Generally, the higher the alcohol content of a drink, the faster the alcohol will be absorbed into the bloodstream. While one standard drink of hard liquor has about the same alcohol content as a regular beer, when taken as a “shot,” liquor is less diluted and therefore the effects will onset more rapidly.
What Is a Standard Drink?
A standard drink in the USA is equivalent to the following:
- One 12 fl oz. (355 mL) bottle of beer, wine cooler, hard seltzer, etc. at about 5% alcohol content
- One 5 fl oz. (148 mL) glass of wine at about 12% alcohol content
- One shot or one mixed drink containing 1.5 fl. oz. (44 mL) of 80-proof liquor, such as whiskey, vodka, or rum
Nonetheless, the concept of a standard drink is not, by any means, an ideal guideline for estimating an individual’s BAC. This is partly because bartenders sometimes estimate and pour varying amounts of alcohol, and party-goers may be treated to elaborate mixed drinks such as “jungle juice” that contain multiple shots of different types of alcohol. In other words, what appears to be one standard drink may have the alcohol equivalent of more.
Also, some beers and wines have higher alcohol percentages than average. It’s not uncommon to find craft beers well above the 4-5% range, and wine can be found at up to 18%.
5. The Type of Mixer Used
Water and fruit juices combined with alcohol slow the absorption process, while carbonated beverages accelerate it. Carbonated drinks expedite alcohol through the stomach and intestine into the bloodstream, producing a faster rise in BAC.
Signs and Complications of Alcohol Intoxication
Warning signs and complications of acute alcohol intoxication include the following:
- Bluish or pale skin color
- Dilation of blood vessels
- Increased risk of stroke
- Irregular breathing
- Impaired motor skills
- Poor judgment
- Profoundly slow reaction time
- Slurred speech
It is not necessary for someone to exhibit all the above signs or symptoms before medical help should be sought. A person with alcohol intoxication who is unconscious and cannot be awakened is at risk of dying. Someone who consumes a lethal dose of alcohol will eventually stop breathing, and even if revived, he or she can incur irreversible hypoxic brain damage.
What You Need to Do
If you suspect that someone is experiencing severe alcohol intoxication or poisoning, do not assume they will “sleep it off”—seek medical assistance by calling 911 immediately.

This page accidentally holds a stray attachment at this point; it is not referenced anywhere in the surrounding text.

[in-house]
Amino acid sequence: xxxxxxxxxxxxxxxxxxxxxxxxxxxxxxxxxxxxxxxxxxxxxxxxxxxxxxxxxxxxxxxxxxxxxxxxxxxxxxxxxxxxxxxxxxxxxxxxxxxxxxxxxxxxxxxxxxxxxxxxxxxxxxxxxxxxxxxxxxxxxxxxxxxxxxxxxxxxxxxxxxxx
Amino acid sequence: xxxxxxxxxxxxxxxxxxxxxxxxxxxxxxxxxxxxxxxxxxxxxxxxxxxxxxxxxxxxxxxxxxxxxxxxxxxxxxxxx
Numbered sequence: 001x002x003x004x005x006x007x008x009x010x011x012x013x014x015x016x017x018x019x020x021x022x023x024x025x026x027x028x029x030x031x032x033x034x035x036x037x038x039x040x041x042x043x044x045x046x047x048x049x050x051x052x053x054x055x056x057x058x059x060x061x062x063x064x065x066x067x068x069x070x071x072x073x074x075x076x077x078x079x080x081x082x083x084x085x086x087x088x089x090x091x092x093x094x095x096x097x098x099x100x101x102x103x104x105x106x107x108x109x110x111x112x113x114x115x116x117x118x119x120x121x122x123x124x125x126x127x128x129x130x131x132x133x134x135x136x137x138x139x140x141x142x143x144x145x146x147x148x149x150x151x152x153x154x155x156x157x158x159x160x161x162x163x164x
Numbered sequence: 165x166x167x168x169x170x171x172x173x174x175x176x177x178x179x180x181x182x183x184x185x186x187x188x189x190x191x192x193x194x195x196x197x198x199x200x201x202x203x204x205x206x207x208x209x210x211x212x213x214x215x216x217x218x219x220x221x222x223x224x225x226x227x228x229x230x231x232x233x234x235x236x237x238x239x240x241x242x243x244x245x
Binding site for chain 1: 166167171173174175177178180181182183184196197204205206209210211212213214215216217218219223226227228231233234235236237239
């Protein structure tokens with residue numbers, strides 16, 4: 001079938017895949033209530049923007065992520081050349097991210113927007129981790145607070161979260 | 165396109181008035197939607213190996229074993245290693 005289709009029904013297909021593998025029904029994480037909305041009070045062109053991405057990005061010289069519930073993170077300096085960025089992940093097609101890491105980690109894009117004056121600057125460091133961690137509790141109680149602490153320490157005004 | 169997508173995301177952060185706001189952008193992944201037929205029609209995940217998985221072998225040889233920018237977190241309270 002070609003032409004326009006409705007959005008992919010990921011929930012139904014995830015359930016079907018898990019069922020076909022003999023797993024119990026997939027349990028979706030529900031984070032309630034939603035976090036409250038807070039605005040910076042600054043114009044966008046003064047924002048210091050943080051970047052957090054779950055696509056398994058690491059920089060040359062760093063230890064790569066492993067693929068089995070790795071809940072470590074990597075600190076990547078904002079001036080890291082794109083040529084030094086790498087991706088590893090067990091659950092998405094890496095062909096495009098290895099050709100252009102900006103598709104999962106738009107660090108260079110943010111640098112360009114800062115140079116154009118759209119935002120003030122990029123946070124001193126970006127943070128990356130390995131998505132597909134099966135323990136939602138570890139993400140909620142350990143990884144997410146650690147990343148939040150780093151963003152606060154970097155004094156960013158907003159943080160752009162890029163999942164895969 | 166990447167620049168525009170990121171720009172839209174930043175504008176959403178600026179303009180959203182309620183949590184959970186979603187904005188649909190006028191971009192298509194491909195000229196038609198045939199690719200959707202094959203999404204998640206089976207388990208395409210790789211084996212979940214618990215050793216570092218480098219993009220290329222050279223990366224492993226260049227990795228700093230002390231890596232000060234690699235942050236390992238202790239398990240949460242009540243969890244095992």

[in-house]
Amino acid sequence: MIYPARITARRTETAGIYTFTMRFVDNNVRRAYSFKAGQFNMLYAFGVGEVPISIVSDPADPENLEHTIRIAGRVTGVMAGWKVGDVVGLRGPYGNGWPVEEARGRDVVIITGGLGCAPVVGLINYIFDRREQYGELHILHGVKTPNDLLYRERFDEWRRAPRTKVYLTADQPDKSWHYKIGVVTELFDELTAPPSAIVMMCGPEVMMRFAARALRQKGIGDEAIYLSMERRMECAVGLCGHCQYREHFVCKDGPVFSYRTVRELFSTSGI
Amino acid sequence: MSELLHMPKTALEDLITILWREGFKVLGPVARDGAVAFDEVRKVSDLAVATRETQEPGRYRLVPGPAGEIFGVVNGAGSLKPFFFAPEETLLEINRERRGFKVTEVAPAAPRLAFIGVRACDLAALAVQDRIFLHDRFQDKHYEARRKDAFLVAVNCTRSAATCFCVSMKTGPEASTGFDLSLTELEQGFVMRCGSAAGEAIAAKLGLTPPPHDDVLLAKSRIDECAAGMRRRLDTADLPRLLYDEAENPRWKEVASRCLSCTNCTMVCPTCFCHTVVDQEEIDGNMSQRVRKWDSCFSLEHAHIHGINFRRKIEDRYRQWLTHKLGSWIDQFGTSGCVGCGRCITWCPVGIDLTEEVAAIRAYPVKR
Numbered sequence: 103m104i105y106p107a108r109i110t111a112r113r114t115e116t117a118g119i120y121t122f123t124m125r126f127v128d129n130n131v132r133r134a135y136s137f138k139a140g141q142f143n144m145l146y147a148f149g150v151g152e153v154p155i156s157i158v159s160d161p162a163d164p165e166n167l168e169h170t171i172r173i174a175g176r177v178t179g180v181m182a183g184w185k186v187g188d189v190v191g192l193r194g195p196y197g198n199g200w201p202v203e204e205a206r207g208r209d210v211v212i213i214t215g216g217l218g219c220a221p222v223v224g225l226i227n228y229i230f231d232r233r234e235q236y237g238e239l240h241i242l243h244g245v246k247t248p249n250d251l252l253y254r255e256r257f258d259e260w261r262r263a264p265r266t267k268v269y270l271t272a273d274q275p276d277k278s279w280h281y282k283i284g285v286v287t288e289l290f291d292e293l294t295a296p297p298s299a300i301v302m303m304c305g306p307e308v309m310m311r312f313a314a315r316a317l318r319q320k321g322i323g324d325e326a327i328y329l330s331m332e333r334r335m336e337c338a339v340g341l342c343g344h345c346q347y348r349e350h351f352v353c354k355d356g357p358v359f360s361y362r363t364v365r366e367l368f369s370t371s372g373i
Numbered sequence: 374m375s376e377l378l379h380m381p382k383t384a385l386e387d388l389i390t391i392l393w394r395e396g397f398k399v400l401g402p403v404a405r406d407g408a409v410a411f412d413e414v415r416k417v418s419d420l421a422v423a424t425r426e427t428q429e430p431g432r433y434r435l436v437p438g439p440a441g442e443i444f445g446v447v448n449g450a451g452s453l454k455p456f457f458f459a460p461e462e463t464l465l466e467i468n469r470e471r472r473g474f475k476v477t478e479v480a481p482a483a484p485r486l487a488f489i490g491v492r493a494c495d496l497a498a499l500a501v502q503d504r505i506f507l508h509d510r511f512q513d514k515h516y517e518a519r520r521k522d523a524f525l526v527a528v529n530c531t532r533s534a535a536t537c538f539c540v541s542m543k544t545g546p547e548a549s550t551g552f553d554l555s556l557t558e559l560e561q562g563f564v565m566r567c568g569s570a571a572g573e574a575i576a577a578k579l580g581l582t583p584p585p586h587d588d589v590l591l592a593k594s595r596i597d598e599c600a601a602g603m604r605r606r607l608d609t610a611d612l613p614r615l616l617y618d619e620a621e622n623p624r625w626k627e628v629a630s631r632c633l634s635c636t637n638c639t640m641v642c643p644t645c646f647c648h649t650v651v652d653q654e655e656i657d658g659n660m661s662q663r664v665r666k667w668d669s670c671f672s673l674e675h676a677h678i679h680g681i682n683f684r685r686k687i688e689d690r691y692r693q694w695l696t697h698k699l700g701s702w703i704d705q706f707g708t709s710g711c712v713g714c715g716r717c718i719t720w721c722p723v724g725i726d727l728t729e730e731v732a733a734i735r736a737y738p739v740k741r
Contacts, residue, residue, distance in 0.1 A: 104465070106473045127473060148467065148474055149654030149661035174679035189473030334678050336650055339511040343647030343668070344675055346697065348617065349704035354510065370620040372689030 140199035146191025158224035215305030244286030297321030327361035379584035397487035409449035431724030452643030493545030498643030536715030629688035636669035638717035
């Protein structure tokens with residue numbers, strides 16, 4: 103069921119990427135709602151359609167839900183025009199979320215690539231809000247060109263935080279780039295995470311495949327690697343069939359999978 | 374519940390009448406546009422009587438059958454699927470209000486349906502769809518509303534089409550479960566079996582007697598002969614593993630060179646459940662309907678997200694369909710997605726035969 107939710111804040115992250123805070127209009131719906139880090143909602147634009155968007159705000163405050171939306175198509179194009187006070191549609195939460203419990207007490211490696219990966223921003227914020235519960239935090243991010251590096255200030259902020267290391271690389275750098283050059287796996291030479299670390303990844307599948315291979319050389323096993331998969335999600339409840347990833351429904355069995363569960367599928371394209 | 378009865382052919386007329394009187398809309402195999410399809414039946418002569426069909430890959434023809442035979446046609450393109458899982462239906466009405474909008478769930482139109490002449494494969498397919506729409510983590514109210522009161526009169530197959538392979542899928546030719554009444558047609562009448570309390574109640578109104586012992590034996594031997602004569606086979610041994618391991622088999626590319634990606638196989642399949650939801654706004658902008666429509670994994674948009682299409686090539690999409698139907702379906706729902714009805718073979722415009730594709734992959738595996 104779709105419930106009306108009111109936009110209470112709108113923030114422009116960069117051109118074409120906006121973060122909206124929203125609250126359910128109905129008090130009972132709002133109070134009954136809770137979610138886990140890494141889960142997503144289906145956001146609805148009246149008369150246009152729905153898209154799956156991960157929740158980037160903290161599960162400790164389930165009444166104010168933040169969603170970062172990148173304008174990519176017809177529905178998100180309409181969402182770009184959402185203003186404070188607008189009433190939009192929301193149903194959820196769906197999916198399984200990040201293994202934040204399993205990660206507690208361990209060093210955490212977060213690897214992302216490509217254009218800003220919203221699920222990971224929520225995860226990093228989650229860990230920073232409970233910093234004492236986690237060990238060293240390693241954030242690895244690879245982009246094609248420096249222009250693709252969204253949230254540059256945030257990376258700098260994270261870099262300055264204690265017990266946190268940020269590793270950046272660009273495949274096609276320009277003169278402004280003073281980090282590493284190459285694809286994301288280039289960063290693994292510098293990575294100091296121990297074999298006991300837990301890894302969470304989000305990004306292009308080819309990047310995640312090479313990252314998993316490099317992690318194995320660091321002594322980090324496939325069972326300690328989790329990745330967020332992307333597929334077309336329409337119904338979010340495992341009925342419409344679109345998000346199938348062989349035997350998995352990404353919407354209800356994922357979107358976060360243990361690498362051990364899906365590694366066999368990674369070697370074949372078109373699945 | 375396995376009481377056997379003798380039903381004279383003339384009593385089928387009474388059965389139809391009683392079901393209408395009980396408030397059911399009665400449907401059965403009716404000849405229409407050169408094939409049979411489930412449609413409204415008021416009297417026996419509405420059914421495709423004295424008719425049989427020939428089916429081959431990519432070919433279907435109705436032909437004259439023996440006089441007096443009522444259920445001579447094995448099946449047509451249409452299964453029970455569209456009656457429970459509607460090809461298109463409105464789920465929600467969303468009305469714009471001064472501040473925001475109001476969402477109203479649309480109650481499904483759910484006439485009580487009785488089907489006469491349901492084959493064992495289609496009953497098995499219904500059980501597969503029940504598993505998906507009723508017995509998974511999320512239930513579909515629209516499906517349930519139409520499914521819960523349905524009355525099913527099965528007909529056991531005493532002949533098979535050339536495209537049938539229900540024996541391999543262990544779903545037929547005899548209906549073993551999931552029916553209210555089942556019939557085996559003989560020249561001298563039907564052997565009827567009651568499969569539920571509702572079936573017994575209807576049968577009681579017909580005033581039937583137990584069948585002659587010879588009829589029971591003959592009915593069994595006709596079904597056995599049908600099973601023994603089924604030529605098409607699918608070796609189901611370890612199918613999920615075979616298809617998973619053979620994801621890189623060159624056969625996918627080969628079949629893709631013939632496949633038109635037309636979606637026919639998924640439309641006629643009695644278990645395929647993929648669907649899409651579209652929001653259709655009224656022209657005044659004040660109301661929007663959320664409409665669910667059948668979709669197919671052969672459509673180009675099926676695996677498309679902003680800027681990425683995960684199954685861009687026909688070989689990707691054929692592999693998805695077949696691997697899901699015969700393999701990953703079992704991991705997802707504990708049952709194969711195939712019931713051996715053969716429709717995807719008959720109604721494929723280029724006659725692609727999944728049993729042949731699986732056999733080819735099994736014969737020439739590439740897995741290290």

While waiting for help to arrive, do not leave the person alone, and do not attempt to feed them or make them vomit. Alcohol impedes the gag reflex, so someone who is highly intoxicated may choke on their own vomit and die.
If a person is vomiting, try to keep him or her sitting up. If the person must lie down, turn his or her head to the side to help prevent choking. If the person is responsive, try to keep him or her awake to prevent a loss of consciousness.
Treatment for Alcoholism
According to statistics, around 2200 people in the U.S. die from alcohol poisoning each year—that’s about six per day. Compared to deaths by illicit drugs such as heroin, this number is relatively small. However, those who drink to excessive levels are a very high risk of developing an alcohol use disorder (AUD).
AUD (sometimes also referred to as alcoholism or alcohol addiction) is a chronic disease that tends to result in a myriad of other adverse consequences surrounding one’s health and well-being and also dramatically impacts the lives of loved ones.
Recovery By The Sea offers an integrated approach to addiction treatment that includes services essential to the process of recovery, such as psychotherapy, counseling, and group support. We employ caring addiction specialists who provide clients with the knowledge, tools, and support they need to achieve a full recovery and learn to lead more happy and fulfilling lives.
If you or someone you love is suffering from an alcohol use disorder, contact us today to discover how we help individuals free themselves from the chains of addiction!